The United Nations often suffers in election years. Last year, for example, the pollster Frank Luntz advised office seakers that the UN could be made into a “wedge issue” prior to the congressional elections.

This election cycle is no different–so far. Prior to the UN Summit last month, a primary candidate demanded the US withhold funding from the United Nations unless the UN prevent Iranian President Mahmoud Ahmadinejad from addressing the General Assembly. Now, as Matt Yglesias and Paul Kiel have noted, the same candidate has called for the withdrawal of the United States from the United Nations Human Rights Council — never mind that the United States is not a member of the council.

Fortunately, some candidates in the race have first hand experience at the UN. And from that knowledge stems statements like this:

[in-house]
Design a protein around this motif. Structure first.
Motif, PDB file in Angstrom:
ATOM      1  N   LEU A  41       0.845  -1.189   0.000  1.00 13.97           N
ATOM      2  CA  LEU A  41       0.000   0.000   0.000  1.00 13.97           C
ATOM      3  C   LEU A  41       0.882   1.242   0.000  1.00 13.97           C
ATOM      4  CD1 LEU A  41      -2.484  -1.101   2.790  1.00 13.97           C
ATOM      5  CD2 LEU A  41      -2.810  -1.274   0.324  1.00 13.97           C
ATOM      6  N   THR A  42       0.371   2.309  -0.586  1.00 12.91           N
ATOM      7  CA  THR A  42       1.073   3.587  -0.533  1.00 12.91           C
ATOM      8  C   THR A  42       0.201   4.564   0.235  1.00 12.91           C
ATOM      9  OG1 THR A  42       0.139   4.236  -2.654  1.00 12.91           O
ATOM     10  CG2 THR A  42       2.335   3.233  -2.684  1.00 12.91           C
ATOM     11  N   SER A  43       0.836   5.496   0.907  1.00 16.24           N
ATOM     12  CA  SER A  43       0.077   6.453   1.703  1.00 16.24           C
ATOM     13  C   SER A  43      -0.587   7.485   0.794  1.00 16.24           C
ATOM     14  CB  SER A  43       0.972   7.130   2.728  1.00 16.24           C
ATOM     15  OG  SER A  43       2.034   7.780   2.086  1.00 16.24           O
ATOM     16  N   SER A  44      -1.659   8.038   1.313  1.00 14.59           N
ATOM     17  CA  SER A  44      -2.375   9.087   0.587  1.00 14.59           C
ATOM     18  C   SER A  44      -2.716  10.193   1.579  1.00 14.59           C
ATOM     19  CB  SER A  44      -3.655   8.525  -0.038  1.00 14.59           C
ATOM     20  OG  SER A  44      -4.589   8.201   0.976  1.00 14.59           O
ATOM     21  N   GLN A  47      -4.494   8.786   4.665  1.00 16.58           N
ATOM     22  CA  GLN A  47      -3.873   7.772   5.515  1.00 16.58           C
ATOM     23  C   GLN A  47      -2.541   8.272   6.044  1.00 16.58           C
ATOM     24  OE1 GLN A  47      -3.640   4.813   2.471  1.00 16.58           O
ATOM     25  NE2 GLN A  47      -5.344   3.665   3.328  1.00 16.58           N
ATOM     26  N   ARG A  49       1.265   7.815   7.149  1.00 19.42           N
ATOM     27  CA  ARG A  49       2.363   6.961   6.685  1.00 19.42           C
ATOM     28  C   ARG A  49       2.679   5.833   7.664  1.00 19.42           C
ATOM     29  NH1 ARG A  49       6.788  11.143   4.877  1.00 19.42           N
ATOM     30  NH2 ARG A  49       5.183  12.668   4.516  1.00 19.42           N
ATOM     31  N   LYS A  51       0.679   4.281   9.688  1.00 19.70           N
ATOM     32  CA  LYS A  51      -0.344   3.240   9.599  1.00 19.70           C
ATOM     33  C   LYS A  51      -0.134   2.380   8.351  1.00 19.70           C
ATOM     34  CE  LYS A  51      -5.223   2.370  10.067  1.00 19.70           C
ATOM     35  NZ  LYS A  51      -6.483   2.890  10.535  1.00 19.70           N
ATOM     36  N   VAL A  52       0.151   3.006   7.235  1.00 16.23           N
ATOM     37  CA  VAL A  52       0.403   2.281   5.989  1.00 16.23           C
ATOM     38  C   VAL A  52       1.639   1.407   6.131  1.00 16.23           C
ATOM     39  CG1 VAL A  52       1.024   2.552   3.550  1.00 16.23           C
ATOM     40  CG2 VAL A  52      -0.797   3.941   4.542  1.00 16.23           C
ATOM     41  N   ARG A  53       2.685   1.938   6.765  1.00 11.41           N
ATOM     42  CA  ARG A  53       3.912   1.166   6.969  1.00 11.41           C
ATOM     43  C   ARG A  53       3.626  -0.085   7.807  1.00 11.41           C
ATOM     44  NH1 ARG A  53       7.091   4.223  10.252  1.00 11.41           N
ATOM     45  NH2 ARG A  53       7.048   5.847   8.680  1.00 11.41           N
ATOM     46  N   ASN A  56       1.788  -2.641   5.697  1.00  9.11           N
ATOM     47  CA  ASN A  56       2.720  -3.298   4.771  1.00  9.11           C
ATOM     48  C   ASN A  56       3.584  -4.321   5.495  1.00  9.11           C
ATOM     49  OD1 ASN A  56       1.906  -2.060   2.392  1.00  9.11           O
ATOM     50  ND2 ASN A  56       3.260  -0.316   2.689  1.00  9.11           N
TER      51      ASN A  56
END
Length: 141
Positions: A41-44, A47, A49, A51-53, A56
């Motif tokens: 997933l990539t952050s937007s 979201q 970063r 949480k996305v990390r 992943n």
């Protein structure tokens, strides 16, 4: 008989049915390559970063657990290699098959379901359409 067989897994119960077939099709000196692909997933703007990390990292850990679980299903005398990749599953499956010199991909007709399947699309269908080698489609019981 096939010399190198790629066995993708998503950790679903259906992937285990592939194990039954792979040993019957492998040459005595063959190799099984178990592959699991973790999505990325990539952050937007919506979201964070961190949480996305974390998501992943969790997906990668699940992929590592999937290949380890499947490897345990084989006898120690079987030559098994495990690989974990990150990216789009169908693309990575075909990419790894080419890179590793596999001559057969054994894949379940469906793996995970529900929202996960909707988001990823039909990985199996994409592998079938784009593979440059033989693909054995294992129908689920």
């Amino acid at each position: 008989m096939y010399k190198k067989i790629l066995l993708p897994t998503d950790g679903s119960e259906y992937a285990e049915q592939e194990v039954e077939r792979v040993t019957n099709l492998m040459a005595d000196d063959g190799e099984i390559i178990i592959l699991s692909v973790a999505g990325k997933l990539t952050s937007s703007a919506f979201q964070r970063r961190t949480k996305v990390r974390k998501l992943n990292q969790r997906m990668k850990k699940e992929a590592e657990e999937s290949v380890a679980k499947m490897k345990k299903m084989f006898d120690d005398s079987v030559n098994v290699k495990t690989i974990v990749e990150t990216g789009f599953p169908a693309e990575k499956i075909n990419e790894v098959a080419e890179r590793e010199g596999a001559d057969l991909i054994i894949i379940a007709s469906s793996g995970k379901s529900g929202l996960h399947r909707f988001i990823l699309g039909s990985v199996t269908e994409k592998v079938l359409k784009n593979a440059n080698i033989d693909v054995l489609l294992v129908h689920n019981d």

“[The] United Nations…is a necessary and important framework for building the international cooperation that will be necessary to confront problems like environmental degradation and poverty.”

In a speech addressing 21st century global threats, [Governor Richardson] said the U.N. is vital to peacekeeping, humanitarian relief, and solutions to global climate change.

“As a former U.N. ambassador there — your ambassador there — I, more than anyone in this race, understand the shortcomings of that institution,” the New Mexico governor admitted. “But I also know the incredible power in the legitimacy of international cooperation.”

What’s interesting here is that politicians typically do not step out of their way to defend the United Nations while running for office. But perhaps this is a sign of the times. With American foriegn policy burdened by wars in Iraq and Afghanistan, politicians recognize that voters understand the United States needs the kind of international support that the United Nations can provide.

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